“If you tried to give Rock and Roll another name, you might call it Chuck Berry.”
The above quote from John Lennon sums up Chuck Berry so perfectly. For some people, the phrase 1950’s Rock and Roll conjures up image of Elvis Presley, but I would have to respectfully disagree. Don’t get me wrong, in his prime, Elvis was downright iconic, but I’m not above picking on him. For one, he wasn’t a songwriter and he wasn’t much of a musician, just a good-looking guy with a nice voice. For me, it’s all about Chuck Berry. In a way, Berry marks the divide between Blues and Rock much like the division of the Common Era in the Gregorian Calendar.
The strongest influence on Berry as a guitarist is the piano music of the 1920’s called Boogie-Woogie. A dance-oriented descendant of Ragtime, Boogie-Woogie focused on bass-heavy piano rhythms. Take one listen to Clarence “Pine Top” Smith’s 1928 tune “Pine Top’s Boogie-Woogie,” and it’s easy to hear this song as a precursor to Rock and Roll as we have come to know it. The rhythm played on the left hand, when played on a guitar, is the exact same rhythm that drove so many of Berry’s riffs.
Another influence, which may come as a bit of a surprise, is country music. The clean singing style of country music can be heard in Berry’s vocals, where his enunciation and timbre are very pronounced, especially when compared to electric blues players like Muddy Waters and Howlin’ Wolf. Berry’s 1955 hit “Maybelline” has a driving country two-step rhythm; with the augmentation of Berry’s distorted guitar, this rewrite of a country tune called “Ida Red” is comfortably seated in Rock and Roll territory.
The marriage of country and blues is what made rock and roll, and Berry was the officiant. However, he is much more than merely the by-product of his influences. He brought plenty of originality to the table, mostly in being rock’s first landmark guitar player. There is a great versatility in his playing; he makes for a rock-solid rhythm guitarist, and his lead lines are proof that Berry was a virtuoso player. One of Berry’s greatest musical achievements was the clash of rhythms between his guitar and the rest of his band. On “Johnny B. Goode,” the band is playing in swing time while Berry plays and sings in straight eighth-notes. It produces a unique effect of syncopated rhythm and an almost urgent energy. Even for those unfamiliar with musical terminology, this neat little trick will stand out to the listener.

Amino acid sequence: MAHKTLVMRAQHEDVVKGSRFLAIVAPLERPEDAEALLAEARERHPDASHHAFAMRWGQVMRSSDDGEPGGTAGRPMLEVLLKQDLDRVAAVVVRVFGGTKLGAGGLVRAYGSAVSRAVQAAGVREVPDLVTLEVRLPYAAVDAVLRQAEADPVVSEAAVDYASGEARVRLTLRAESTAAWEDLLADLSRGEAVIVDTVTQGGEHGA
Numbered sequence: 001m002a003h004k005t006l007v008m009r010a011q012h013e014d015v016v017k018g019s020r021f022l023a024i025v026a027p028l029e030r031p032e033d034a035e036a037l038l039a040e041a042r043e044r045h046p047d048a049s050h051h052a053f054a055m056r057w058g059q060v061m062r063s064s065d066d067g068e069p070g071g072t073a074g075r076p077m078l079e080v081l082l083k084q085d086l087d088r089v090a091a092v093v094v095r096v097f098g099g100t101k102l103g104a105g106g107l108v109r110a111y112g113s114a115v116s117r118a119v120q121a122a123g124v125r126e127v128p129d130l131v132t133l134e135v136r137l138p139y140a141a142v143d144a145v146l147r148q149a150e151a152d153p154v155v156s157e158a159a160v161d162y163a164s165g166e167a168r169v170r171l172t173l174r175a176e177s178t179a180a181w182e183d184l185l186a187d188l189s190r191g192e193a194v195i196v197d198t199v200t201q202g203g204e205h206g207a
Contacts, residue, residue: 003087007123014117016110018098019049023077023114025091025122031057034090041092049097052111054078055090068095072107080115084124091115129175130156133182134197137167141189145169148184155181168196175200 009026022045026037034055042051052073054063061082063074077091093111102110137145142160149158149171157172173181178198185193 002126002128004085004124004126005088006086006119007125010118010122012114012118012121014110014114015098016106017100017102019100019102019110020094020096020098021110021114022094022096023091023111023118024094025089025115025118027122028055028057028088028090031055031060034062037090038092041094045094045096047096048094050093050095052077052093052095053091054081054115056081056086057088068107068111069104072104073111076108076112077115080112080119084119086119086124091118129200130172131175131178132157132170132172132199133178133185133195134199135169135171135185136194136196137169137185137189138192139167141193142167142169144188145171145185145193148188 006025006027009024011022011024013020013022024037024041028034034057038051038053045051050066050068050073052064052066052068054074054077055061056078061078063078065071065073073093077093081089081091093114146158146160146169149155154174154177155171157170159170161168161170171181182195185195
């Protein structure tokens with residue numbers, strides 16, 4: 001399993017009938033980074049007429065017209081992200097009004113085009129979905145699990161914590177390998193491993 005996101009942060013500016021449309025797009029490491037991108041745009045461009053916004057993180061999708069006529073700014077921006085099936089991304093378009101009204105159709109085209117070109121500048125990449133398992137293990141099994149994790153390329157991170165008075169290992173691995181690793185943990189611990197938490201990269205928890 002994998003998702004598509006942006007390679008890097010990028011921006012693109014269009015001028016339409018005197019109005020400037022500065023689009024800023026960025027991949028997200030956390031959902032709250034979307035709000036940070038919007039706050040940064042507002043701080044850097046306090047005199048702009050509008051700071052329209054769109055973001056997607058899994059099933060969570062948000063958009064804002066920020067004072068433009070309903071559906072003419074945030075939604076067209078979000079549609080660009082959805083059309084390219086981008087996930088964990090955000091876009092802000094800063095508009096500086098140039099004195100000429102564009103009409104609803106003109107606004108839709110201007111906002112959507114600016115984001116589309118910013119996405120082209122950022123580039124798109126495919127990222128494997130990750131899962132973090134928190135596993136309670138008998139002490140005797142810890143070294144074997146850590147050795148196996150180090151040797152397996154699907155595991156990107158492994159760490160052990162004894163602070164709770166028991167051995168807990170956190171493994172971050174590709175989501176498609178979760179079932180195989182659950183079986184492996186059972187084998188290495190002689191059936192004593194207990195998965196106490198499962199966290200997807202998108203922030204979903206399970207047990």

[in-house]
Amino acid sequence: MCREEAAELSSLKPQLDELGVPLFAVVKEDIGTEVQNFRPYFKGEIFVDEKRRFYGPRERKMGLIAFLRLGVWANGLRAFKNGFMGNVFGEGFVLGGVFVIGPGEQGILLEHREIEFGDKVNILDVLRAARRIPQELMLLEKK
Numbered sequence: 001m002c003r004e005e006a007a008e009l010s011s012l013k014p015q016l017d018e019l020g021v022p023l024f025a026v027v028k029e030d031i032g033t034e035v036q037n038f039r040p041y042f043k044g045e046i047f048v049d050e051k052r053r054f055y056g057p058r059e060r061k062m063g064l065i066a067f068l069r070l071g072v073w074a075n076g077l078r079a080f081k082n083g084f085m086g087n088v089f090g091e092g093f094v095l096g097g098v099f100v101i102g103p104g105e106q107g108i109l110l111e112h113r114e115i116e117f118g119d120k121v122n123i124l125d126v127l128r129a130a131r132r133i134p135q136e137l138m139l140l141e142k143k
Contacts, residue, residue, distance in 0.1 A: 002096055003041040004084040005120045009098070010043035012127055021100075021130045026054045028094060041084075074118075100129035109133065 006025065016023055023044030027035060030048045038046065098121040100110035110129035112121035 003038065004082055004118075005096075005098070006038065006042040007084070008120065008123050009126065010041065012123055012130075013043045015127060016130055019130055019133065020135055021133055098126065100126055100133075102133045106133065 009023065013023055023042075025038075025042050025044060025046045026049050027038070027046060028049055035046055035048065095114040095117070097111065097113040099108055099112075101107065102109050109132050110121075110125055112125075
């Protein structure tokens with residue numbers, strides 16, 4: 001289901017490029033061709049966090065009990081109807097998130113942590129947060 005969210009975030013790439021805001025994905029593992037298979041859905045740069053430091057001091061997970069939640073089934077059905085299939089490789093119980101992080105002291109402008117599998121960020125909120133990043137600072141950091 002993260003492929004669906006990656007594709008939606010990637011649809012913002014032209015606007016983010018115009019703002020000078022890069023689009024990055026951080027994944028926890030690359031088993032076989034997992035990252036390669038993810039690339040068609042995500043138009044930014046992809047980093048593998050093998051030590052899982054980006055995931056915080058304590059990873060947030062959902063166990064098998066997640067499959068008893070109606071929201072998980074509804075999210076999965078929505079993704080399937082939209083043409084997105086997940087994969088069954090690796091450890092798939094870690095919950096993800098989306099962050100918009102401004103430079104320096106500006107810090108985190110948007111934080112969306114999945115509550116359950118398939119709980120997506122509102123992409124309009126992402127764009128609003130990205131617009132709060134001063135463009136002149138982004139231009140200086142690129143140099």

Two of rock’s most profound lyricists, Bob Dylan and Ray Davies, have cited Berry’s lyrical style as an inspiration to their own work. Dylan ranks him as a favorite poet, right up there with the likes of Allen Ginsberg, Jack Kerouac, and Dylan Thomas. The early Rock song is simple in structure, almost minimalist in terms of words. Think of Little Richard’s “Tutti Frutti;” it’s fun as Hell, but not much going on in the department of lyrics. Berry was different. On his debut single “Maybelline,” Berry gives us a catchy, easy-to-follow chorus, but when it comes to the verses, Berry bridges the gap between Beat poetry and Rap as he throws out a tongue-twisting myriad of words.
More important than the “how” of his singing is the “what.” Berry densely packed his verses because he had so much to say. Many of his songs dealt with topics that his audience – teenagers – could relate to. “Too Much Monkey Business” details the frustrations of the in and out drudgery of work. “No Particular Place To Go” (erroneously known as “School Days” and “Hail, Hail, Rock And Roll”) was a spot-on account of the ennui of American youth, being bored both in and out of school, needing some sort of escape from monotony. “You Never Can Tell,” which was given a second life during the twist contest in 1994’s Pulp Fiction, is a song about a young married couple who struggle, with success, to attain wealth and happiness.
What has to be Berry’s finest lyric is “Memphis, Tennessee.” Taken at face value, it’s about a man struggling with a telephone operator to get through to a girl named Marie in Memphis. One can easily assume Marie is the narrator’s lover – he wants her, but “her mom did not agree” – and he fears he has lost her for good. However, a close listen to the song’s final verse reveals Marie to be the narrator’s six-year-old daughter, her mother being the narrator’s ex-lover. This extra level of detail makes what seems like a benign tale of love lost a much more involved tale of heartbreak.
Berry’s hit records in the 1950’s were on the Rhythm and Blues charts; a symbol of musical segregation and a euphemism for their prior branding as “race” records. The sad irony is that Berry’s only number one hit on the Rock charts was in 1972, with a dumb little novelty tune called “My Ding-A-Ling.” It is exactly what it sounds like: a paean to his pee-wee. The song is funny, but not exactly the source of inspiration for the likes of Bob Dylan, John Lennon, Ray Davies, Keith Richards, John Doe and Exene Cervenka of X, or any number of budding guitarists in a basement near you. Thankfully, his legacy had been long secured by then.
Chuck Berry remains one of the few living legends from the 1950’s, still playing his heart out on a regular basis. The world around him has changed: while on a package tour with Buddy Holly, he recalled politely sitting on the bus while his white musician friends ate at a whites-only restaurant. Fifty years on, those stupid Jim Crow laws were eliminated in the 1960’s, in 1979, Berry performed at the White House at the request of Jimmy Carter, a man of African descent is President and Berry holds a place in the hearts of millions of listeners the world over.